Incumbent Worker Training

As Lancaster pointed out, much of the $141 million in capital investment by industry in Union County was for new machinery and technology. This is necessary because in the increasingly high-tech economy of the 21st century, technology is constantly and rapidly evolving and industries must react quickly to those changes and upgrade the hardware and software that enable them to compete successfully, remain in business, and grow.

This, however, requires a workforce that can adapt to those continuous changes and Lancaster said the Development Board is working to encourage local industry to take advantage of the resource that can help them keep their workforce up to date with the technological changes that are occurring and will continue to occur.

“Incumbent Worker Training Grants are available through the Upstate Workforce Investment Board,” Lancaster said. “We’re pushing our employers to apply for the funds to train or retrain their workers. As technology changes workers need to enhance their skills.

“We’re working with three different companies that plan to submit grant applications in 2019,” Lancaster said. “This is thousands of training dollars that can help Union County industries train their workers.”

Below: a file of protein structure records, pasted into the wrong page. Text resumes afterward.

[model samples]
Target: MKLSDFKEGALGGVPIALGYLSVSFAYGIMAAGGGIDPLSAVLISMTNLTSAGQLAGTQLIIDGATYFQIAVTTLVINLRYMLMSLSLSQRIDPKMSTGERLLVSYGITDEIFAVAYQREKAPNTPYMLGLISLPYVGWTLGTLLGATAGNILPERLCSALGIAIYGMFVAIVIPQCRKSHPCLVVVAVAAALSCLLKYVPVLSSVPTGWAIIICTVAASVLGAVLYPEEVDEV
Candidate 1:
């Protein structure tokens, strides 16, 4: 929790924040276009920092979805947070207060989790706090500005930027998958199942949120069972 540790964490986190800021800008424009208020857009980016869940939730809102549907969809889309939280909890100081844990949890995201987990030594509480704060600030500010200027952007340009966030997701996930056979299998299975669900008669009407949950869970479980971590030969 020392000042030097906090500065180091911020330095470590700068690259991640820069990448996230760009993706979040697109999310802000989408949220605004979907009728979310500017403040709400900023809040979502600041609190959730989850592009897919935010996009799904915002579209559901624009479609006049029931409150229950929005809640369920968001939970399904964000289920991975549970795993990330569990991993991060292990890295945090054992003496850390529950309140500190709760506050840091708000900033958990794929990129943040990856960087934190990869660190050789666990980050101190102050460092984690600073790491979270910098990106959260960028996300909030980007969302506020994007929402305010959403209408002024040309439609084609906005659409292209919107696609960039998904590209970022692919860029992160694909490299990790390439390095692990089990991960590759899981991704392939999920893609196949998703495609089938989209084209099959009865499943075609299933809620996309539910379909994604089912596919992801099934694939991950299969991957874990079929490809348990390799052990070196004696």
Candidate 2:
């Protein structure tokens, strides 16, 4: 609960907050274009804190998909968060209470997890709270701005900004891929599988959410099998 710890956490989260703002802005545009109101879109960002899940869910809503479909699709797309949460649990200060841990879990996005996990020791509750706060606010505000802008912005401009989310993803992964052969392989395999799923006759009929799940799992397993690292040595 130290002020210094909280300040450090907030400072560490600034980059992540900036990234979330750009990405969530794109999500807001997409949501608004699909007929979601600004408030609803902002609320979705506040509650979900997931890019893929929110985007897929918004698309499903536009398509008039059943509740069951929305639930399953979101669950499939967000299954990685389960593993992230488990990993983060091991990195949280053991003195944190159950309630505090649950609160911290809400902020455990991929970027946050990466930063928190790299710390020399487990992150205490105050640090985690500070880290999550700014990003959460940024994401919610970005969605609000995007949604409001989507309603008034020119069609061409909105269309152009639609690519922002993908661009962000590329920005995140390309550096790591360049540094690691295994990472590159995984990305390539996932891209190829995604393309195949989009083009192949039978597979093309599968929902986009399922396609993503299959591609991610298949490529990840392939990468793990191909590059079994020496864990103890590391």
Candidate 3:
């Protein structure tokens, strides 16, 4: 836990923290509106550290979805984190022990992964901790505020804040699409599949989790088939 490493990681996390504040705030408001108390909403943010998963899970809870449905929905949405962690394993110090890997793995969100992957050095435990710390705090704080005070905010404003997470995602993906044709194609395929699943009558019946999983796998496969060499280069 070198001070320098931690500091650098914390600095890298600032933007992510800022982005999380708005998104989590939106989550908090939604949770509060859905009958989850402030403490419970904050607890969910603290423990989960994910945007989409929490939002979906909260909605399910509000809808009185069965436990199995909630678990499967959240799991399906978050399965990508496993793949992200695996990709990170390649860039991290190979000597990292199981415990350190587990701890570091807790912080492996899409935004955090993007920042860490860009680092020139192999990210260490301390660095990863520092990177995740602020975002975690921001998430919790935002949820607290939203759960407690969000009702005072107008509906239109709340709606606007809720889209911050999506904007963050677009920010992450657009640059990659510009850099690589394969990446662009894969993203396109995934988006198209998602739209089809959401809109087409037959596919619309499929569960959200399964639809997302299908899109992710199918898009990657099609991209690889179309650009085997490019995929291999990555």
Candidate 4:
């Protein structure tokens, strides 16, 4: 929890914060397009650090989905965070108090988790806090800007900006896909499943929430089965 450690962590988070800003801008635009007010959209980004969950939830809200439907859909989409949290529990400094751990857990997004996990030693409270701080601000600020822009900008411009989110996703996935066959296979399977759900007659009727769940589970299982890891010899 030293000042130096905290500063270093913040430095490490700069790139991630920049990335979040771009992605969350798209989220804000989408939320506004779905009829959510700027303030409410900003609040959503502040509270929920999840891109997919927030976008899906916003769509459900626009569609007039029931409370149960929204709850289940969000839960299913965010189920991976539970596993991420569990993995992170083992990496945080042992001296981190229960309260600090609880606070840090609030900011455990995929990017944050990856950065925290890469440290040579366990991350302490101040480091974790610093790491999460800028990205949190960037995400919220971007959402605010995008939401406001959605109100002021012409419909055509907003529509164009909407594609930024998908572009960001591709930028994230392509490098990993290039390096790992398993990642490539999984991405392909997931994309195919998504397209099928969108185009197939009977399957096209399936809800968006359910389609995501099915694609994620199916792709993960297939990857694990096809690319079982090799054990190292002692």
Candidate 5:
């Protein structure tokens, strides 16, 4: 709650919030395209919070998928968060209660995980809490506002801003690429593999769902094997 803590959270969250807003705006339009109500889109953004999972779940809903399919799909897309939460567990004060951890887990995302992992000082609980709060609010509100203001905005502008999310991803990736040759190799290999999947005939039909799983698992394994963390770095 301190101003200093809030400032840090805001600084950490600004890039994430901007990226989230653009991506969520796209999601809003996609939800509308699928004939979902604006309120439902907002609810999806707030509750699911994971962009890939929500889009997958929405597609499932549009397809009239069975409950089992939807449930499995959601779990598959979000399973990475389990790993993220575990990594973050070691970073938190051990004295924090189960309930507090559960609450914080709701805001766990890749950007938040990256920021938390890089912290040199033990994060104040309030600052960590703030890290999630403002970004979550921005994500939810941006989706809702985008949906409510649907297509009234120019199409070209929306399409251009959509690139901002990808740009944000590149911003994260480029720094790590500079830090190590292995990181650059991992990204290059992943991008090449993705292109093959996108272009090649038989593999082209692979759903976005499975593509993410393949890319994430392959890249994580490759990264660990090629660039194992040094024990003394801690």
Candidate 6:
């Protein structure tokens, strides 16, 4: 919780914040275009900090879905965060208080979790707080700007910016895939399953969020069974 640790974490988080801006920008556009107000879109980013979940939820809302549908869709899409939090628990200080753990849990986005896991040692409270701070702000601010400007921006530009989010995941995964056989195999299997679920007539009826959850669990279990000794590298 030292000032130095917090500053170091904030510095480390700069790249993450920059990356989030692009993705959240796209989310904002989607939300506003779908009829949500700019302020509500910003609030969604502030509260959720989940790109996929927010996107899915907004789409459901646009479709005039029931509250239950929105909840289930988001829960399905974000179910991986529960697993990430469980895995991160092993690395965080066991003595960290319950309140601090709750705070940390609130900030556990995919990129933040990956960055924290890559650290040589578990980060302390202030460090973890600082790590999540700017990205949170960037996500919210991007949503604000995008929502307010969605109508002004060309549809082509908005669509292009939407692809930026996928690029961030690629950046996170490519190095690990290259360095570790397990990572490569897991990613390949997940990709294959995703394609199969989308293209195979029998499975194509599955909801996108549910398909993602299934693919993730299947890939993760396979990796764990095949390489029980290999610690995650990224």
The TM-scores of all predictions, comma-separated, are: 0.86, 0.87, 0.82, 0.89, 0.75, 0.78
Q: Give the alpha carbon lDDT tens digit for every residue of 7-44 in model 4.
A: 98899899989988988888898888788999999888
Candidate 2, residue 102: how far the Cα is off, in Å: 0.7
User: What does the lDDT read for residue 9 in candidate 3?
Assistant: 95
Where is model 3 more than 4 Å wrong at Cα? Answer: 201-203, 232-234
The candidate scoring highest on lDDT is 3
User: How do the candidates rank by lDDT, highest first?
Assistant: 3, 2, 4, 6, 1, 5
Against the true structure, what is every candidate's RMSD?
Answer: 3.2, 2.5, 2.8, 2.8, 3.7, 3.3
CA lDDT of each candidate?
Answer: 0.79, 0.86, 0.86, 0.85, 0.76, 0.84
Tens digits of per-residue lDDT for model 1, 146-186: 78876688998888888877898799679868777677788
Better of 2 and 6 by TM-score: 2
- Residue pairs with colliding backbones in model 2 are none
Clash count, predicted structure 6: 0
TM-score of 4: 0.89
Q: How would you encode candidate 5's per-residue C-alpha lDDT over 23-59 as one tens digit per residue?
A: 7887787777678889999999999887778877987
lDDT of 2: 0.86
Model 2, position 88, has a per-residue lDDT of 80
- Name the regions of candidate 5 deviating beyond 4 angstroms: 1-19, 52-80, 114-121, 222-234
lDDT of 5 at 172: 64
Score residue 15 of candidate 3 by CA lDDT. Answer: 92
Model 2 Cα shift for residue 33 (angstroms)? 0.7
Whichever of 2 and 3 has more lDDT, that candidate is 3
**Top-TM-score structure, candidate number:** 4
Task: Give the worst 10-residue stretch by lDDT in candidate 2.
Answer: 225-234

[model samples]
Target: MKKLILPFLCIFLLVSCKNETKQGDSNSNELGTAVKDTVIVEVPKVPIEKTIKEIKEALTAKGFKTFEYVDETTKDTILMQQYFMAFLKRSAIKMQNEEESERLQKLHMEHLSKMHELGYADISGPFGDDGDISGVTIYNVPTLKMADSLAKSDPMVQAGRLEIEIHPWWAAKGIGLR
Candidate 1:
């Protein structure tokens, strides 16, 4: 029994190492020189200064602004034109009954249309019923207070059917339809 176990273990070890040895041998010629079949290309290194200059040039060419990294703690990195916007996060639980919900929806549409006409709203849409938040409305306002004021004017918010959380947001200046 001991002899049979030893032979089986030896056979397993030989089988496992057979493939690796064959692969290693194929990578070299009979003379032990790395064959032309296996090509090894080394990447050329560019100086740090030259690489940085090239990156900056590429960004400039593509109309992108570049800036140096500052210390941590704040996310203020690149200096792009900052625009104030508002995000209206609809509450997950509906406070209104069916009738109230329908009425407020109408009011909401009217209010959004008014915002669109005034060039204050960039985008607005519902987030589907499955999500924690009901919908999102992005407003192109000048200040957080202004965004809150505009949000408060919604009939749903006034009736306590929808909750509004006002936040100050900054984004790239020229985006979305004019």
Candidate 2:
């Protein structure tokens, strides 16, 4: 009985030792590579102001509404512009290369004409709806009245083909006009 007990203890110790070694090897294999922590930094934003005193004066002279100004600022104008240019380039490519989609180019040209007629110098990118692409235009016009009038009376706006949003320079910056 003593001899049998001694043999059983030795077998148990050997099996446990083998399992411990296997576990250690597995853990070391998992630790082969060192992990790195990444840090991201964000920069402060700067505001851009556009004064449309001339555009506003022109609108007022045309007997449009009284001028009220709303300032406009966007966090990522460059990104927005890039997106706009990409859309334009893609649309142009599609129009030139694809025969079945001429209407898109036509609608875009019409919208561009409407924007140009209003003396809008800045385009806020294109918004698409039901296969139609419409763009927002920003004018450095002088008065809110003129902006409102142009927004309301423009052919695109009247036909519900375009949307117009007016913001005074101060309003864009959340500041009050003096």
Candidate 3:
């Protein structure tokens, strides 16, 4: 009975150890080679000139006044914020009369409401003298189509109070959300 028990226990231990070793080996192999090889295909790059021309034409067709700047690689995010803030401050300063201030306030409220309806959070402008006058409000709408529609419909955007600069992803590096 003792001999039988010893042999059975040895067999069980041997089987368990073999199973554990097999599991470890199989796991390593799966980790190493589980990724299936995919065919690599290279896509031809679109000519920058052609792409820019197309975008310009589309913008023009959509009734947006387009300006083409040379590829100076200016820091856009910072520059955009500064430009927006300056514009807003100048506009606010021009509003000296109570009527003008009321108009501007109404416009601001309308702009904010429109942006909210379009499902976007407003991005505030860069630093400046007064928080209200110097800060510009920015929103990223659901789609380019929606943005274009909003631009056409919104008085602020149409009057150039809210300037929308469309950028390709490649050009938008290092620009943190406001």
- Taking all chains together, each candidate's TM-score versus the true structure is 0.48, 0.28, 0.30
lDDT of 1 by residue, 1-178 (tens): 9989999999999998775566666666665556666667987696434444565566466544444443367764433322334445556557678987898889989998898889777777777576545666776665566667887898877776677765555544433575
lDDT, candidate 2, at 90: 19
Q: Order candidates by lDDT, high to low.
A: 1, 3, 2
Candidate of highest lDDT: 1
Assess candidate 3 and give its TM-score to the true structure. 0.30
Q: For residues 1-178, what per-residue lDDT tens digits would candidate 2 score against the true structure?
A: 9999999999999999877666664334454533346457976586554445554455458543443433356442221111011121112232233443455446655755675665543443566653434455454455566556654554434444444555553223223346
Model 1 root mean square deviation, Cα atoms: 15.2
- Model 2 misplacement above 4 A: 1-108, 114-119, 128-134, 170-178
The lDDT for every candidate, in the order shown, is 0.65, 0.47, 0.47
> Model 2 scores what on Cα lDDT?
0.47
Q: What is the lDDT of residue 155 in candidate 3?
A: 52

Lancaster said that the Development Board is willing to work with all other companies and industries in Union County that qualify for grants to help them get those grants. She said the board is willing to “facilitate the application process and help them get the money they would qualify for and work through the steps to submit their grant request.”


In many ways the job of the Union County Development Board is to sell Union County to the companies and industries of the world and in the 21st century that means the Internet.

The Development Board has two websites — uniondevelopmentboard.com and workinunion.com — that provides information about Union County that would be of interest to companies and industries looking to locate here. In another sign of both continued economic growth and increased interest in Union County, Lancaster said that traffic to uniondevelopmentboard.com is up 25 percent over last year and that traffic to workinunion.com is up 68 percent over 2017.

“Our website is viewed by prospects and site consultants who are interested in locating or relocating a business to Union,” Lancaster said. “Their first step they make toward doing so is at our website.”


Lancaster said the accomplishments of the past year have been due to teamwork, to the combined, coordinated and cooperative efforts of the members of the board and its allies such as Union County, the City of Union, Lockhart Power, and other public and private agencies involved in economic development.

“We made a lot of accomplishments and I think we have an excellent team, including our local board and our allies the county council, and the city council,” Lancaster said. “A lot of this would not have been possible without a team approach.”

By Charles Warner, Staff Reporter with The Union Times